American Greg Hancock won his third Speedway World Championship on Saturday from Toruń, Poland. He broke his own record of oldest champion at 44 years and 130 days. Krzystof Kasprazak won the race and finished second in the championship.

Random Thoughts
James Hinchcliffe should run #99 in 2015. Sam Schmidt drove #99, the #99 is synonymous with Canada, from Wayne Gretzky to Greg Moore. I couldn't think of anything that would look better than Hinchcliffe in the #99 next year. I know CART retired the #99 after Moore's fatal accident but Idon't believe in retiring numbers. I think it would be a great privilege for someone to drive the car number of a legend. Think about what type of motivation that would be for a driver to succeed.

With Fernando Alonso's 2015 season still up in the air, deep down I hope IndyCar puts the farm on signing him even if it is just for one season. The same five reasons why Jenson Button should and should not come to IndyCar apply for Alonso. It would be nice to see but it would never happen in a million years.

It is such a disappointment that the Daytona 200 has been cancelled for 2015. I don't want to pin AMA's downfall on the take over by Daytona Motorsports Group but it hasn't been a pretty seven seasons under DMG control. I hope the new promoters MotoAmerica/KRAVE can turn American motorcycle racing around but it will have to do so without there staple event.

Why not run Nationwide races on Saturdays when Cup runs Saturday night? It would increase the value of the ticket for the fans and give them a nice full day at the track.

If you could have any two non-V8 Supercars drivers for Bathurst, who would they be? I was thinking Mark Webber and Bernd Schneider.

What about a 1000km oval race? It would be only 621 miles. Come to think of it, all you would need is the Coca-Cola 600 to have a few green-white-checkered finishes and you would be there. Could you imagine a 1000km IndyCar race at say Michigan or Fontana?

Winners From the Weekend
You know about Chaz Mostert and Paul Morris, Lewis Hamilton, Jorge Lorenzo, Jolyon Palmer and Krzystof Kasprzak but did you know...

The #8 Toyota of Anthony Davidson and Sébastien Buemi won their third race of the 2014 FIA World Endurance Championship season and extended their championship lead over the #2 Audi of André Lotterer, Benoît Tréluyer and Marcel Fässler to 29 points. The #26 G-Drive Ligier-Nissian of Olivier Pla, Julien Canal and Romain Rusinov won in LMP2 and closed the gap to Sergey Zlobin down to 16 points.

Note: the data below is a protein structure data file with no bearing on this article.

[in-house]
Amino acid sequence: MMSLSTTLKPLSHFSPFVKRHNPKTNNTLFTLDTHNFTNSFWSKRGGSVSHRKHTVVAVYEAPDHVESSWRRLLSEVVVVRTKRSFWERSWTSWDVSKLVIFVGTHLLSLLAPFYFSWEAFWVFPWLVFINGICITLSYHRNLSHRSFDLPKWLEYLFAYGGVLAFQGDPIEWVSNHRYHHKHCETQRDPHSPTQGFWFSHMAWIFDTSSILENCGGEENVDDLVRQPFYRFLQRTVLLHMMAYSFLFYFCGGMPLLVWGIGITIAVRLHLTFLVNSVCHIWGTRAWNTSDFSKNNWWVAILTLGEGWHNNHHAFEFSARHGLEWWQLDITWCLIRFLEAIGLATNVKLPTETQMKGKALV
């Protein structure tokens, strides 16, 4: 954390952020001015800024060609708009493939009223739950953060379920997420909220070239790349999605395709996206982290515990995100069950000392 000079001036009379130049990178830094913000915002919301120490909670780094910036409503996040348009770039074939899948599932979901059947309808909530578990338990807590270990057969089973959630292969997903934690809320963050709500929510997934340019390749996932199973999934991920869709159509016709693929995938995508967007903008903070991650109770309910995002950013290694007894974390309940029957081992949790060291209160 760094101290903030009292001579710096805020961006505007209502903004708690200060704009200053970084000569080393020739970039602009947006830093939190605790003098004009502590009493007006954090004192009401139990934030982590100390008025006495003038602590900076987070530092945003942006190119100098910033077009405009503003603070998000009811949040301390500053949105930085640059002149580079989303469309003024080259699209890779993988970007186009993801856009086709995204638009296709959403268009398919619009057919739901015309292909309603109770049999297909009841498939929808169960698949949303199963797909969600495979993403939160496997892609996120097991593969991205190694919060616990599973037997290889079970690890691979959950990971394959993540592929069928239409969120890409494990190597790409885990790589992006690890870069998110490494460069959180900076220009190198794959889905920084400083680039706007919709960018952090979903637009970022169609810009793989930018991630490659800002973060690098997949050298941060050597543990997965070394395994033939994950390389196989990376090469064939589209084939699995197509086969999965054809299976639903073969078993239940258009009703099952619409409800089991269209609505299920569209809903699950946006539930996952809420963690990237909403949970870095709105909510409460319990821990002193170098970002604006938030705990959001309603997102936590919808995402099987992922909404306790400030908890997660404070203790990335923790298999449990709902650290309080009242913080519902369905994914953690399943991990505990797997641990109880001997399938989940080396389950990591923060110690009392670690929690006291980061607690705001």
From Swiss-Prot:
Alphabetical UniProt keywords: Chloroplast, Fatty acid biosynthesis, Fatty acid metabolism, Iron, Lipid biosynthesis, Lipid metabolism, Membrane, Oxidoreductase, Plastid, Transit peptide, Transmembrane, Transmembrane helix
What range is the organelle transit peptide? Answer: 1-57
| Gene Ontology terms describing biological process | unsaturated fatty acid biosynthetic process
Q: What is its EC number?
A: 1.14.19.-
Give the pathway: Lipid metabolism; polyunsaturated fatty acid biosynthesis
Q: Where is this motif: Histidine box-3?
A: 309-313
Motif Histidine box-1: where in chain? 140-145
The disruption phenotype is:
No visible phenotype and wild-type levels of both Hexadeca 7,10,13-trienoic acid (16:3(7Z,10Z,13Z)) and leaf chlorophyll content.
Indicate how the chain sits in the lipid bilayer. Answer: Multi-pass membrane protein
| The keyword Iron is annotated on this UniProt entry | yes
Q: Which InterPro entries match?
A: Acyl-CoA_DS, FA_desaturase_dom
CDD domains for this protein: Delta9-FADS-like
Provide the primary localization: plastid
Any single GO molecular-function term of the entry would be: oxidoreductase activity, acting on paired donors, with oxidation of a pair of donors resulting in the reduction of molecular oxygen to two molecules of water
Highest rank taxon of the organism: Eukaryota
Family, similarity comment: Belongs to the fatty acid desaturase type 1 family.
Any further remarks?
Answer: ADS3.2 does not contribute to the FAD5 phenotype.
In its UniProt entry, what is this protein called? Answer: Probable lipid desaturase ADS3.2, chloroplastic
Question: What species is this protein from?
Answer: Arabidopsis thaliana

In GT, AF Corse Ferrari drivers Gianmaria Bruni and Toni Vilander won their third race of 2014 and lead Frédéric Makowiecki by 49.5 points. David Heinemeier Hansson, Kristian Poulsen and Nicki Thiim won their third race of 2014 as well in GTE-Am. Heinemeier Hansson and Poulsen lead the GTE-Am championship by 39 points over their Aston Martin teammates Christoffer Nygaard, Paul Dalla Lana and Pedro Lamy.

Kevin Harvick won the NASCAR Sprint Cup Series race from Charlotte and is locked into the next round of the Chase.

Thomas Lüthi won in Moto2 at Motegi. Álex Márquez won in Moto3 and extended his championship lead as he hopes to follow in his brother Marc's footsteps.

Marco Sørensen won the GP2 sprint race from Sochi. Dean Stoneman and Patric Niederhauser split the GP3 weekend.

José María López and Mehdi Bennani split the WTCC weekend from Shanghai.

David Cheng and Ho-Pin Tung won the ALMS race from Shanghai in the #1 OAK Racing Morgan-Judd. The #33 Clearwater Racing Ferrari 458 Italia GT3 of Matt Griffin, Keita Sawa and Mok Weng Sun won in GT. Kevin Tse, Samson Chan and Naoki Yokomizo won in CN driving the #77 Craft-Bamboo Racing Ligier JS53-Honda.

Brad Keselowski won the Nationwide race at Charlotte.

Coming Up This Weekend
NASCAR returns to Talladega.
MotoGP heads to Phillip Island.
DTM season finale from Hockenheim.
ELMS ends their season at Estoril.
Blancpain Sprint Series heads to Zolder for their penultimate round.